High Ozone Kills Toxic Mold,  Germs, & Odors

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Ozone Treatment Blog Questions & Answers from Phillip Fry, mold consultant, Certified Environmental Hygienist and Certified Mold Inspector, Certified Environmental Hygienist, and manager of EnviroDetectives™

May 2, 2012. See the pictures inside of the ozone generator professional model.

Ozone Generator Questions Aug. 23, 2012, from a Hong Kong Buyer of Our Ozone Blaster---

To use ozone on sofas: I can clean the outer fabric but, how to clean the inside? I hope I can do it with the blaster?! If not possible to make the ozone go inside the fibers, what can I do?  I hope I do not have to throw it away because very expensive. I have smelled and it is not smelly.
A. First make sure the sofa is away from the wall so that the ozone can get to all surfaces. Move the ozone generator several times around the sofa. Also turn the sofa on its back so you can get ozone to the back side. While the sofa is on its back side, cut holes in the bottom side covering fabric big enough to insert the ozone machine hose deep into the sofa to inject massive amounts (at least one hour of treatment) into the interior of the sofa. After a thorough ozone treatment, use a hand-held HEPA vacuum cleaner to thoroughly vacuum all surfaces three times: horizontally, vertically, and diagonally. Third, scrub the fabric with borax laundry detergent or boric acid powder dissolved into hot water. |

Q. What about a mattress? 
A. Do the same steps as explained above for a sofa. Be sure you treat top, bottom, and all sides of mattress and box spring.

Q. What about air cons? Is there any way to make the aircons filter (recently changed) clean with the ozone?
A. Remove the filters and then clean them both filter sides with a HEPA vacuum cleaner (do the same three way treatment horizontally, vertically, and diagonally). While the filters are removed, use boric acid powder dissolved into hot water to scrub all areas inside the air con distribution register. Then, use the hose attachment of the ozone generator to inject at least 15 minutes worth of ozone treatment into the inside of each air con air supply register, plus one hour into the return air supply of a central air con system (with the system running simultaneously on fan ventilation).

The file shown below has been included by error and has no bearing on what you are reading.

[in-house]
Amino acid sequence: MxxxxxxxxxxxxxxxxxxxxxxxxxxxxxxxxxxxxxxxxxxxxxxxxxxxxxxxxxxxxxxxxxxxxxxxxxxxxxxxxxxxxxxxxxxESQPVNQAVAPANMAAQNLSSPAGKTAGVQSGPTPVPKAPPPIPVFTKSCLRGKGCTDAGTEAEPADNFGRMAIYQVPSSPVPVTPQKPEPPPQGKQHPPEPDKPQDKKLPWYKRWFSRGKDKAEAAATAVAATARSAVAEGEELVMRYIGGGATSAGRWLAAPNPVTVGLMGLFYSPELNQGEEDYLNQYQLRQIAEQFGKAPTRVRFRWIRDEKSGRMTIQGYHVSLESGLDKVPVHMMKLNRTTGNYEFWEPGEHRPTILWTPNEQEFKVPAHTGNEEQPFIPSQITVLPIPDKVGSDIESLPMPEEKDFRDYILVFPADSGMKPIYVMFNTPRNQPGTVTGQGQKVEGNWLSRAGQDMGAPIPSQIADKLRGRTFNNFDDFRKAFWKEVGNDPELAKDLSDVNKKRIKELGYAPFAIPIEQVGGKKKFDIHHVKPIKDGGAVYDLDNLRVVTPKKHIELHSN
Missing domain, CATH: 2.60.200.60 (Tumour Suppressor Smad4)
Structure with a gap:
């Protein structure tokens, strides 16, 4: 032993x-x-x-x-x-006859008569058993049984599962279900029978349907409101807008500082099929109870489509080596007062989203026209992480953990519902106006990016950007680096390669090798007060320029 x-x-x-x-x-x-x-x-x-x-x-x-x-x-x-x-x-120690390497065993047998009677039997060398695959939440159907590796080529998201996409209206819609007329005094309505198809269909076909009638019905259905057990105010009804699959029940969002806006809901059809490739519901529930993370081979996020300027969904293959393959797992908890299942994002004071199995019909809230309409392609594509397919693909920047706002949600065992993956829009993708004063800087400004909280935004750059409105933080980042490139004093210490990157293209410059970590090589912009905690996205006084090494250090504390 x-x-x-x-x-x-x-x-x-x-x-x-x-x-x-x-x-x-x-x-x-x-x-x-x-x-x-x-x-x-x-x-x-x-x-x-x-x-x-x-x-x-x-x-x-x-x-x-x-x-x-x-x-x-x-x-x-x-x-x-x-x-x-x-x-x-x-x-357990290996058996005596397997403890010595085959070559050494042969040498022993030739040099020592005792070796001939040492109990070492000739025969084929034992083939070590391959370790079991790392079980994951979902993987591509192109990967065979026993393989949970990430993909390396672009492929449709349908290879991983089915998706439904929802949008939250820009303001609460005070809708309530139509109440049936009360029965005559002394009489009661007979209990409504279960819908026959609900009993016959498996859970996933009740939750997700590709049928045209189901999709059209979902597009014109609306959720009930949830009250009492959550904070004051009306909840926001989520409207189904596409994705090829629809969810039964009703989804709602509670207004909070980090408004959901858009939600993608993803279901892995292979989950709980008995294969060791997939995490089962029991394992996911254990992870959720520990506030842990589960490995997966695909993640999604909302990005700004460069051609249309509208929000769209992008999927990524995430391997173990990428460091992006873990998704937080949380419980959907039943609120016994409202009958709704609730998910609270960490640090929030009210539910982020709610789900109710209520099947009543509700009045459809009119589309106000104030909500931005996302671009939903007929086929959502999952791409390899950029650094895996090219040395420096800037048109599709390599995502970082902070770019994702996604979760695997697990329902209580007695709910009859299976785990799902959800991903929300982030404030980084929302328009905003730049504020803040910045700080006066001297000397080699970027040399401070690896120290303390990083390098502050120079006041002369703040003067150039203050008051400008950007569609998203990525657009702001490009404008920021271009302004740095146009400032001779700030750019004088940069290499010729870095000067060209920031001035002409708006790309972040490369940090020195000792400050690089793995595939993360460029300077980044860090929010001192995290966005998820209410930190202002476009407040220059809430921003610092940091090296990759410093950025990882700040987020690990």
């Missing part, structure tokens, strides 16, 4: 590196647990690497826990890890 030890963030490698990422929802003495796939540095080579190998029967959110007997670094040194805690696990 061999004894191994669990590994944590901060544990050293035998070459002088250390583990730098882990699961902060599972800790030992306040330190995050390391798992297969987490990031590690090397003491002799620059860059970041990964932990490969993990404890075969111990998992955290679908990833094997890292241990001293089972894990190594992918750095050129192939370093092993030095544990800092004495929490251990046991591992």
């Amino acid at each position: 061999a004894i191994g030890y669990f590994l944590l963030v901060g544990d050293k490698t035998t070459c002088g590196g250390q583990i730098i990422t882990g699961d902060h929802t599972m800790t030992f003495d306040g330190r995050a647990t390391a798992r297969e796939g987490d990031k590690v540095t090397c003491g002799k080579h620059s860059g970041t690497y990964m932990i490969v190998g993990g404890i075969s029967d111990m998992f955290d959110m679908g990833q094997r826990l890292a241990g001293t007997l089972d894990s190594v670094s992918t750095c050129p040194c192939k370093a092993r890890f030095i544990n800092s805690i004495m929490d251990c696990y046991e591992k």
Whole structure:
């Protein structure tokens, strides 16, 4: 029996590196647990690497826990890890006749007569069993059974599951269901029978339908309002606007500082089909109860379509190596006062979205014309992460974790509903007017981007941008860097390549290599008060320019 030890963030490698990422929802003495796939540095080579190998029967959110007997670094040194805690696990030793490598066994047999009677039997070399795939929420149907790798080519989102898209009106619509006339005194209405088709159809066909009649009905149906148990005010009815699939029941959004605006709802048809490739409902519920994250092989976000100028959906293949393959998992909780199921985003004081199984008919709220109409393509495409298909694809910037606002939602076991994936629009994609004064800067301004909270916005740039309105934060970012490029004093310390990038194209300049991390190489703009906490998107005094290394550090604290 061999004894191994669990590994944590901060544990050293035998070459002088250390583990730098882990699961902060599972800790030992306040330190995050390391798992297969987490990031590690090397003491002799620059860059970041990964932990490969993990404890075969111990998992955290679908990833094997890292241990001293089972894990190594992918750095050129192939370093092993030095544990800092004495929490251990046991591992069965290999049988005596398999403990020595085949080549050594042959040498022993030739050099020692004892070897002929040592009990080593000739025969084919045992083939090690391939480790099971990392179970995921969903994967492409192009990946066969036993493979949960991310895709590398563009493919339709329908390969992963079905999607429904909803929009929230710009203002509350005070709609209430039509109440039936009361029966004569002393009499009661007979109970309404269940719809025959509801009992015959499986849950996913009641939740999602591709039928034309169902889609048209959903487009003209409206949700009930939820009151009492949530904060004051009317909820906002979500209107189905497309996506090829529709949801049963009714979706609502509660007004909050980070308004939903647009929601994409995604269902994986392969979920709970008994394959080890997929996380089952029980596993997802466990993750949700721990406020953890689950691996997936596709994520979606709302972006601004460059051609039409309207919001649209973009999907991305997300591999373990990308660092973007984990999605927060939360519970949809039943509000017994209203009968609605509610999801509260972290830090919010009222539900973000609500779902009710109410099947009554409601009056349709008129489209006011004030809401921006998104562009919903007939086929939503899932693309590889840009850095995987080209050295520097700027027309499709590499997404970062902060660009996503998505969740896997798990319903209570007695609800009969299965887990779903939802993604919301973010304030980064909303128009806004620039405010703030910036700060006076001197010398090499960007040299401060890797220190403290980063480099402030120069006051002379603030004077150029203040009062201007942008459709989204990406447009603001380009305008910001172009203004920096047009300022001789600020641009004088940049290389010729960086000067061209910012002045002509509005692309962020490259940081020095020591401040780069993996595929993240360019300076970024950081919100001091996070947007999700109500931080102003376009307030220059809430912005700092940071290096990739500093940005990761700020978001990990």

Q. And what about the exhaust fans in the bathrooms, kitchen, and laundry room?
A. Remove the grill register, clean out the insides of the exhaust fan duct by scrubbing with boric acid powder or Tim-Bor, and then use the ozone generator hose to supply at least 15 minutes of ozone into each exhaust fan duct.

Q. For the clothes: how do I need to apply the ozone? Is it like leaving the clothes on the hangers while the ozone goes through the air of the room or it is more like deeply working on the item one by one?
A. Use both of your ideas for good ozone penetration of clothes with a mold smell or possible deposited/landed mold spores that don’t yet cause mold smells. After ozone treatment, wash and scrub the clothes with mold-removing borax laundry detergent.

Q.  Can I use the ozone for the leather items such handbags and coats? Will make the ozone disappear the odour?
A. Yes, but make sure you get ozone treatment to all sides/insides of handbags and coats. Then scrub with borax laundry detergent.

Q.  Finally: I have some clothes from my daughter which smell of mold but do not show any mold growth on the surface: in this case where the mold did not show yet: do I need to bring these pieces to dry cleaning or I can use the ozone treatment only. These clothes I refer are only princess disguises  and Dry Cleaning will cost me 20 US $ each and I do not want to spend so much money on this.
A. Ozone treatment should take care of the mold smell and kill landed deposited mold spores without the need for dry cleaning.

Q. July 25, 2012. Any tips for protecting major appliances (particularly the refrigerator) during ozone treatment?